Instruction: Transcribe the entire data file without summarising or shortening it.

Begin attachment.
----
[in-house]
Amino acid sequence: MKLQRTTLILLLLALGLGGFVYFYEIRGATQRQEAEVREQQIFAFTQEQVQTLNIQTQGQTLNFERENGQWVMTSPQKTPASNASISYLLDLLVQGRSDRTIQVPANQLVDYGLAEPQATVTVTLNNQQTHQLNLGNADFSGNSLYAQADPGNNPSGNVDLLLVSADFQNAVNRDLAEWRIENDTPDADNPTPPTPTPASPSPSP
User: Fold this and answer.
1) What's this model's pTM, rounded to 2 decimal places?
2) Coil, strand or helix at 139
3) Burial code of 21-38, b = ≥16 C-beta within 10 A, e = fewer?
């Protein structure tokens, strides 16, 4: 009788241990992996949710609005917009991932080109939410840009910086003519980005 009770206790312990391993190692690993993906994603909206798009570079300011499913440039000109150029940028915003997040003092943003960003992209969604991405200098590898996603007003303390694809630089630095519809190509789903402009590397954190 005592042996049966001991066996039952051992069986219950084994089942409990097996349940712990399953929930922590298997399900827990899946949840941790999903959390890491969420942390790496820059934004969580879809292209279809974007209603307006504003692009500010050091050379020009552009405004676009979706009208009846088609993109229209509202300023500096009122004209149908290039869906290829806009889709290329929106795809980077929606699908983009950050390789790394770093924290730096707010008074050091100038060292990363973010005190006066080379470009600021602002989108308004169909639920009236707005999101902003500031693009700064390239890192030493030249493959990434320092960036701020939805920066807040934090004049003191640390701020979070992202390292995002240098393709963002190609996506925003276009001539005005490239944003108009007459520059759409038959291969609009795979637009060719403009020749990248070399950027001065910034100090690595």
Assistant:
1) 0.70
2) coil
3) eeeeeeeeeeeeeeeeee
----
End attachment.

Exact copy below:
[in-house]
Amino acid sequence: MKLQRTTLILLLLALGLGGFVYFYEIRGATQRQEAEVREQQIFAFTQEQVQTLNIQTQGQTLNFERENGQWVMTSPQKTPASNASISYLLDLLVQGRSDRTIQVPANQLVDYGLAEPQATVTVTLNNQQTHQLNLGNADFSGNSLYAQADPGNNPSGNVDLLLVSADFQNAVNRDLAEWRIENDTPDADNPTPPTPTPASPSPSP
User: Fold this and answer.
1) What's this model's pTM, rounded to 2 decimal places?
2) Coil, strand or helix at 139
3) Burial code of 21-38, b = ≥16 C-beta within 10 A, e = fewer?
């Protein structure tokens, strides 16, 4: 009788241990992996949710609005917009991932080109939410840009910086003519980005 009770206790312990391993190692690993993906994603909206798009570079300011499913440039000109150029940028915003997040003092943003960003992209969604991405200098590898996603007003303390694809630089630095519809190509789903402009590397954190 005592042996049966001991066996039952051992069986219950084994089942409990097996349940712990399953929930922590298997399900827990899946949840941790999903959390890491969420942390790496820059934004969580879809292209279809974007209603307006504003692009500010050091050379020009552009405004676009979706009208009846088609993109229209509202300023500096009122004209149908290039869906290829806009889709290329929106795809980077929606699908983009950050390789790394770093924290730096707010008074050091100038060292990363973010005190006066080379470009600021602002989108308004169909639920009236707005999101902003500031693009700064390239890192030493030249493959990434320092960036701020939805920066807040934090004049003191640390701020979070992202390292995002240098393709963002190609996506925003276009001539005005490239944003108009007459520059759409038959291969609009795979637009060719403009020749990248070399950027001065910034100090690595």
Assistant:
1) 0.70
2) coil
3) eeeeeeeeeeeeeeeeee